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News > Latin America

OAS, Poll Company Spat Over Honduras Election Report

  • Soldiers guard the entrance of Honduras Central Bank as supporters of opposition candidate Salvador Nasralla march to protest against the results of Honduras' general elections in Tegucigalpa

    Soldiers guard the entrance of Honduras Central Bank as supporters of opposition candidate Salvador Nasralla march to protest against the results of Honduras' general elections in Tegucigalpa | Photo: Reuters

Published 9 January 2018

The owner of the computer system company used in the Honduran election said the OAS report contained "false facts.”

The Organization of American State, OAS, final report of the Honduran electoral process is “false,” according to Theodore Dale Vukanovich, whose computer company counted the controversial Honduran presidential ballots cast Nov. 26.

NGOs, Governments Call For Dialogue To End Honduran Election Crisis

Teddy Vukanovich, owner of the Honduran computer system company with his same name, Dale Vukanovich, sent a letter to Luis Almagro, Secretary General of the OAS saying that there are "false facts” throughout the final OAS report.

"The OAS report of the electoral process is based on falsities and conjecture, and its methods don’t correspond to the most basic standards of international (electoral auditing) principles and norms."

Dale added in his letter to Almagro, "the report doesn’t meet the standards, rules and codes...necessary for this kind of auditory work.” The owner of Dale Vukanovich added that the OAS report has “negatively affected my work, credibility and professional prestige” and “puts in doubt” OAS’s reputation and credibility.

Dale Vukanovich, is a computer systems company that works routinely with the Inter American Development Bank, World Bank, United Nations, as well as with 20 countries throughout Latin America and Europe. Its systems were used by the Honduran Supreme Electoral Tribunal, or TSE, the government agency that oversee elections in the country.

The former Opposition Alliance presidential candidate, Salvador Nasralla, has long contended that the TSE manipulated ballot counts using Vukanovich’s machines and claims electoral fraud was committed by the TSE throughout the electoral process.

Nasralla says the TSE and its director, David Matamoros stole the election from him, and refuses to recognize the TSE Dec.17 announcement that gave the presidency to incumbent Juan Orlando Hernandez with 42.95 percent of the vote, barely over Nasralla’s 41.24 vote count.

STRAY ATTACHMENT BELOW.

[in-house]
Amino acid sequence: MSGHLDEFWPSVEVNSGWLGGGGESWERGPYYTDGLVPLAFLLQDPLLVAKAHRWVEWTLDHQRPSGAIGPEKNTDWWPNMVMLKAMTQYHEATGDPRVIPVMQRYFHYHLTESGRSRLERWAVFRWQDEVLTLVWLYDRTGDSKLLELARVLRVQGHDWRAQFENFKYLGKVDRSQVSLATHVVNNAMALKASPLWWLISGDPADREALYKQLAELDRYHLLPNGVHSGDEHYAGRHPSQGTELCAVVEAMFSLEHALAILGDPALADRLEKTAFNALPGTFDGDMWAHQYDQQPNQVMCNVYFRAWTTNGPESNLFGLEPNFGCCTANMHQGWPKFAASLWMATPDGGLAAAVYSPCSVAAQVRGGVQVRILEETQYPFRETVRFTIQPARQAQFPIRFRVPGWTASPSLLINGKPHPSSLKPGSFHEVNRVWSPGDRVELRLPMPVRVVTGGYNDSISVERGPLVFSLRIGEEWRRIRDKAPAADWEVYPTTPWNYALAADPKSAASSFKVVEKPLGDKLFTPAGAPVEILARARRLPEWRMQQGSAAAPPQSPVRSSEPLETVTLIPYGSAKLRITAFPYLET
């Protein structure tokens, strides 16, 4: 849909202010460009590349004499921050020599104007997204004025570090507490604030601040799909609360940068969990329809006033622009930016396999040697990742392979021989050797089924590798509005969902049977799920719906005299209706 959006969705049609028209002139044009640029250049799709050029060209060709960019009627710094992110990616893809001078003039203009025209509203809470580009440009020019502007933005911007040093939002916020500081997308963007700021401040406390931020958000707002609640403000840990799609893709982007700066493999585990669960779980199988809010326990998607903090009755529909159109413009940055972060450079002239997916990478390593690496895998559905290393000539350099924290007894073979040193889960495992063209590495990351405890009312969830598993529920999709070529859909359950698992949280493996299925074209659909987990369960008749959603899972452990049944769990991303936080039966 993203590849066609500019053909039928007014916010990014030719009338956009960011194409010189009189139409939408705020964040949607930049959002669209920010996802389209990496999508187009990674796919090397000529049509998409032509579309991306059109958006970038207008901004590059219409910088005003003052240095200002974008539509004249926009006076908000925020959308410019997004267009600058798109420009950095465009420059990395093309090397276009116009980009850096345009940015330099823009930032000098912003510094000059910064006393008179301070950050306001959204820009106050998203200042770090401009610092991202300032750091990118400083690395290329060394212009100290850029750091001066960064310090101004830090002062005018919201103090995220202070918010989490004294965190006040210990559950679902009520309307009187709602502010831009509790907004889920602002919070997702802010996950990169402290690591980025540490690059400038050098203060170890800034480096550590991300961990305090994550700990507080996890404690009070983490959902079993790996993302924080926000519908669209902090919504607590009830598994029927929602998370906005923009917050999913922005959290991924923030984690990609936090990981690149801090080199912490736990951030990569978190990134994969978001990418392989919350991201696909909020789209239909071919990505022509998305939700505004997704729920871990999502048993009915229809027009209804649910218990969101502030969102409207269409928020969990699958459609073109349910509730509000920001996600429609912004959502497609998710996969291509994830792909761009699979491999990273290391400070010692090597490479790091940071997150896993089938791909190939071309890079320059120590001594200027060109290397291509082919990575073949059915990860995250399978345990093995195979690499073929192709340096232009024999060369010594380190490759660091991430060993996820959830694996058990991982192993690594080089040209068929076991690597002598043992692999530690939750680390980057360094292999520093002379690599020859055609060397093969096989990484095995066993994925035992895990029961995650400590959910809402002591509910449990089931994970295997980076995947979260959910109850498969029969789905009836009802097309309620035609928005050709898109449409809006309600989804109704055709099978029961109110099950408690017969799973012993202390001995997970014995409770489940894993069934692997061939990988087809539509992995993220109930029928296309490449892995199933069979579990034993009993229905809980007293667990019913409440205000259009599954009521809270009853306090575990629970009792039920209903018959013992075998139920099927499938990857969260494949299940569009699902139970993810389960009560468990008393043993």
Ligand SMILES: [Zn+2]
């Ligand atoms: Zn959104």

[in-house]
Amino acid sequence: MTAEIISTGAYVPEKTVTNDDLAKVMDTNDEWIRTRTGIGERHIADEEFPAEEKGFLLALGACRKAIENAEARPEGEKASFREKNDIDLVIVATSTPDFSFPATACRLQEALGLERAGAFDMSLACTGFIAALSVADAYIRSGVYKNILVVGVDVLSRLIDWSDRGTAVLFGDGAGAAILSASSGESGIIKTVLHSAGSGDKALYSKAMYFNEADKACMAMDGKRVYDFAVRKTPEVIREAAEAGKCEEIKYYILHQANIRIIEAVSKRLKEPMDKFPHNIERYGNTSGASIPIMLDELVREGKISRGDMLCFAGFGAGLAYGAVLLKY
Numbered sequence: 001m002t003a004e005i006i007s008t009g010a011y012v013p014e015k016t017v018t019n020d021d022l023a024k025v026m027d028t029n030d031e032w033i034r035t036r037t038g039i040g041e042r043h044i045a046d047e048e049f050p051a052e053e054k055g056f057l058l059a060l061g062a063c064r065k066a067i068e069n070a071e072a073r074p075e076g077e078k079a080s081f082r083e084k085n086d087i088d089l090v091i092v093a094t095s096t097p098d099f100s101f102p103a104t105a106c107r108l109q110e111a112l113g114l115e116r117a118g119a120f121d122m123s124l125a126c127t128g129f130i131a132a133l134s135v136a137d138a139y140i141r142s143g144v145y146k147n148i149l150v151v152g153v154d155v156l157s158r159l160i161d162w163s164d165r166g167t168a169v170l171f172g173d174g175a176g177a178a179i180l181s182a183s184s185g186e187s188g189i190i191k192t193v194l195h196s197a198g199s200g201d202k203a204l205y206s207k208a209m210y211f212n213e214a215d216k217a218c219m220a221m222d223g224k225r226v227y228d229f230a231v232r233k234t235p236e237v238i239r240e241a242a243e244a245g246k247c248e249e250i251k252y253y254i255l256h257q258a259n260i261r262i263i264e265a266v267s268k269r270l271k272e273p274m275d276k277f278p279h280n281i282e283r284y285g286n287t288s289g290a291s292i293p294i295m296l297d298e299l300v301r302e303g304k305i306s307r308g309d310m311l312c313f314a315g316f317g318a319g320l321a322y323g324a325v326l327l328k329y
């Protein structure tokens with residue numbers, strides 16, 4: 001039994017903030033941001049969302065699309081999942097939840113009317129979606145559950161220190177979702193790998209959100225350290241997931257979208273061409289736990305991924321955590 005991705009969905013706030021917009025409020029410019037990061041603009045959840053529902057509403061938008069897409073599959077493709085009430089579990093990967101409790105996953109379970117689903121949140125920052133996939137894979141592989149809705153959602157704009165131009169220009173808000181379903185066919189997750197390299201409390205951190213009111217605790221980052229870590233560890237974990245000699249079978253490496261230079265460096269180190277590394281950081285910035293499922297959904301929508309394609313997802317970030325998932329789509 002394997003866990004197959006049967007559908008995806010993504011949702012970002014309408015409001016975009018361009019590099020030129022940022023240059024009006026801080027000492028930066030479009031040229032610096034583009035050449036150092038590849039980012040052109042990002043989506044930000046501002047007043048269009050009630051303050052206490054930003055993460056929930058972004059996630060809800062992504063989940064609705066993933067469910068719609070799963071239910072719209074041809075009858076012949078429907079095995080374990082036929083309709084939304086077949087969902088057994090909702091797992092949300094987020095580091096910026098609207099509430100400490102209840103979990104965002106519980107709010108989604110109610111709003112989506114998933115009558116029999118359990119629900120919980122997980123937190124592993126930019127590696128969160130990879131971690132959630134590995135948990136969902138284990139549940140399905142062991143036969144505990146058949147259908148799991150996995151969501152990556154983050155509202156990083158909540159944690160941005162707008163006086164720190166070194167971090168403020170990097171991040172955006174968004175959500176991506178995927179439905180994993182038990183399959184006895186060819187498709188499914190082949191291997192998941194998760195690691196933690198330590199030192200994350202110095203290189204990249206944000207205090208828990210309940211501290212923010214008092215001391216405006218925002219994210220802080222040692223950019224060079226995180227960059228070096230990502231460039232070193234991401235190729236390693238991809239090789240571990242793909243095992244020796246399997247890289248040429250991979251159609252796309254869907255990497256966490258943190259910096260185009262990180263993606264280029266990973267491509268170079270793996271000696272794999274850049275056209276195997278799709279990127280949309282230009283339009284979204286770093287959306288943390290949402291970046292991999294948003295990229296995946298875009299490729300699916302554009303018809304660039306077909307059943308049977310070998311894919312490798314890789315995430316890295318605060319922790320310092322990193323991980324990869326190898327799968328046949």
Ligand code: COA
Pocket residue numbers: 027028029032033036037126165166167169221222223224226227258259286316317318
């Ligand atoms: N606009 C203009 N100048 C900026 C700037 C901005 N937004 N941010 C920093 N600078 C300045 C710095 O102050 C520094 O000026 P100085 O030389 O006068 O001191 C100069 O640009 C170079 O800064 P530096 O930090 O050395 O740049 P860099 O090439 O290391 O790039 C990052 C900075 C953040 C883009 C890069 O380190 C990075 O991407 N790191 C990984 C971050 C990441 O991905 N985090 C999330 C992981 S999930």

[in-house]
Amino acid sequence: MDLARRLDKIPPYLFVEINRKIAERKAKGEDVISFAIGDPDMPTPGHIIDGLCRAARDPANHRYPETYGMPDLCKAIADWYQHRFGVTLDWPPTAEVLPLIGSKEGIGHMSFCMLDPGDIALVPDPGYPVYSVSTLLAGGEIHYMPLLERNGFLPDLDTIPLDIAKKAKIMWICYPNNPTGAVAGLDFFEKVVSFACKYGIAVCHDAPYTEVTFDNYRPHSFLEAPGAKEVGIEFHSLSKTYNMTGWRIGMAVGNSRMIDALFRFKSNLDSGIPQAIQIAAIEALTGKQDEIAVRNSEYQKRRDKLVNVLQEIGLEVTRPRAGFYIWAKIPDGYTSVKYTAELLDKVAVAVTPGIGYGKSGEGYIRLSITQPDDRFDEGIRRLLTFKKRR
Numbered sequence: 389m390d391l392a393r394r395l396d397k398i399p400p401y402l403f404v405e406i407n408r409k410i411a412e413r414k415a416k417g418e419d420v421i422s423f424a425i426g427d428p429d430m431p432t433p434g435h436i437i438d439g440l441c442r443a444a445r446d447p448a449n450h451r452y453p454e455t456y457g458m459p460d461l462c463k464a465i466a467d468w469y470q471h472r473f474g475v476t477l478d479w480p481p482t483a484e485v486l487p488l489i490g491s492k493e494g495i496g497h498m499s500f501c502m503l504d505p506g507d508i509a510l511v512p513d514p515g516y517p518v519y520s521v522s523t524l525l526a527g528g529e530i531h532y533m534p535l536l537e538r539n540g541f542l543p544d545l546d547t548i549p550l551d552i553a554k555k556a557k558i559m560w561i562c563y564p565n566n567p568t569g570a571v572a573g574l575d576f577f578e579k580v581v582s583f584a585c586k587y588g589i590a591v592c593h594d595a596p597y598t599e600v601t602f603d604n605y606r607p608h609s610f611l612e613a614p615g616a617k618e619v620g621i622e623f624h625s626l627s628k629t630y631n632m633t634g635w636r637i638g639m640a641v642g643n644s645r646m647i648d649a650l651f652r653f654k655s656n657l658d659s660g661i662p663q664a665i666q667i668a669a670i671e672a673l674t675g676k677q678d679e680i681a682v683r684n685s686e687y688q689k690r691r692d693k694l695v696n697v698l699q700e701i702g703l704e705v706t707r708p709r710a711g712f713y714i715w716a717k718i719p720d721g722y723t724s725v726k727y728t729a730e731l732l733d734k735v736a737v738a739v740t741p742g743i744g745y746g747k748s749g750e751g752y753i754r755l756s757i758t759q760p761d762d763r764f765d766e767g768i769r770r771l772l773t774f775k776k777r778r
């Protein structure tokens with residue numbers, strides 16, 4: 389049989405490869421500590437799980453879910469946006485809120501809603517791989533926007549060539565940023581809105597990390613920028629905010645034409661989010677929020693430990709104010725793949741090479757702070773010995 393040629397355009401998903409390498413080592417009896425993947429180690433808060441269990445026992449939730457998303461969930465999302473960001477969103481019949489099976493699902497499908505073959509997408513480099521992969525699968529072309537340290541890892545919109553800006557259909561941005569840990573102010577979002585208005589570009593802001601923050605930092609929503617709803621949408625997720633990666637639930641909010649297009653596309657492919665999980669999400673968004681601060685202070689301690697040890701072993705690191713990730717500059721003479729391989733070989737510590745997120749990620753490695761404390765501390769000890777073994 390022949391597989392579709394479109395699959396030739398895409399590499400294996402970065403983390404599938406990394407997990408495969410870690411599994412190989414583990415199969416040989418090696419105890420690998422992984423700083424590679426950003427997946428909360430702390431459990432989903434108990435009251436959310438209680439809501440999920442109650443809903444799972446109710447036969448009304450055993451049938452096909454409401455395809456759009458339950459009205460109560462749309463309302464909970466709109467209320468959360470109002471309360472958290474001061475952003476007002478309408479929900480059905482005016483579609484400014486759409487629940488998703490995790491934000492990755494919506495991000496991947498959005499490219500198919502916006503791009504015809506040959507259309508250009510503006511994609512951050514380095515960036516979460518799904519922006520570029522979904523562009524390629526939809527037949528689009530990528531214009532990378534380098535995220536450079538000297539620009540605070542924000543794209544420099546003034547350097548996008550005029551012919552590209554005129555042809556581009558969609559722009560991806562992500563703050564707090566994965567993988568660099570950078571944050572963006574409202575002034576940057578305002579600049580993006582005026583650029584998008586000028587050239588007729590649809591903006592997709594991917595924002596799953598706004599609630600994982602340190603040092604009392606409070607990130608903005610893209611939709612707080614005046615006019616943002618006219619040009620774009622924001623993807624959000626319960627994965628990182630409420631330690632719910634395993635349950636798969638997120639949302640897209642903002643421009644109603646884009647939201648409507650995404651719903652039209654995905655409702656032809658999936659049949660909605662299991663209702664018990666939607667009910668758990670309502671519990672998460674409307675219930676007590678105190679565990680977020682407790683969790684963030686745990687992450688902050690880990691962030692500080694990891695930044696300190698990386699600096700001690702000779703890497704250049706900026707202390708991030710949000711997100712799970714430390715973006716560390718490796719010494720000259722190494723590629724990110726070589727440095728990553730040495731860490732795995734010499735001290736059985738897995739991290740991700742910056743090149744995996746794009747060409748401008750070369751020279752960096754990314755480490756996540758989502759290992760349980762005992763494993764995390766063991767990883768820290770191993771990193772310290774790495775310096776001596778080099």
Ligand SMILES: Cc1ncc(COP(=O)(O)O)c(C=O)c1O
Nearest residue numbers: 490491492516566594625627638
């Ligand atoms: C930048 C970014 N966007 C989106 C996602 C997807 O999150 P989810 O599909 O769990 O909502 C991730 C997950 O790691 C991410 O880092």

European Union electoral observers have also said the TSE, “acts on party influence ... putting at risk the TSE's impartiality and neutrality of the (state) institution” designed to oversee the Honduran electoral process.

Vukanovich has publicly defended the work of his company several times since polls closed.

In mid-December the business owner told the press “we emphatically affirm the database was not changed at any time. If the OAS (auditors) had done their job they would have determined that there were no events that affected the electoral process.”

Vukanovich and Almagro met on Dec. 26 in Washington where the former pointed out what he claimed were “irregularities” in the OAS preliminary report. According to El Heraldo, Almagro said he would make changes to the report “if necessary” before the regional organization released its final report two days later.

Vukanovich claims the final report didn’t reflect his comments or criticisms of the OAS auditing work, which he found “strange.”

OAS Observers Oppose New Honduras Election Amid Fraud Claims

On Tuesday, Hernandez said the TSE results “are firm and demonstrate democracy” and are valid with the “observations of the E.U. and OAS."

The president re-elect is moving ahead with the mediated “dialogue” that he and Nasralla have called for to resolve the Honduran political crisis since the Nov. 26 elections. Since Dec. 1 at least 30 Nasralla supporters have been killed by Honduran police forces during protests calling for the removal of Hernandez.

 “By the end of the week we’ll have a group of national facilitators” to act as mediators to the two party talks, and “possibly international facilitators,” says Hernandez.

The former Costa Rican president, Laura Chinchilla, ex-president of Guatemala, Marco Vinicio Cerezo, Uruguayan former president, Jose Mujica, and Joe Biden, U.S. former vice president are all names being floated as international mediators.  

Hernandez also says that once the top-level talks are in place he’s setting up roundtable discussions with national civil society organizations, churches, unions, farmers, academics, and the transportation sector, among others.

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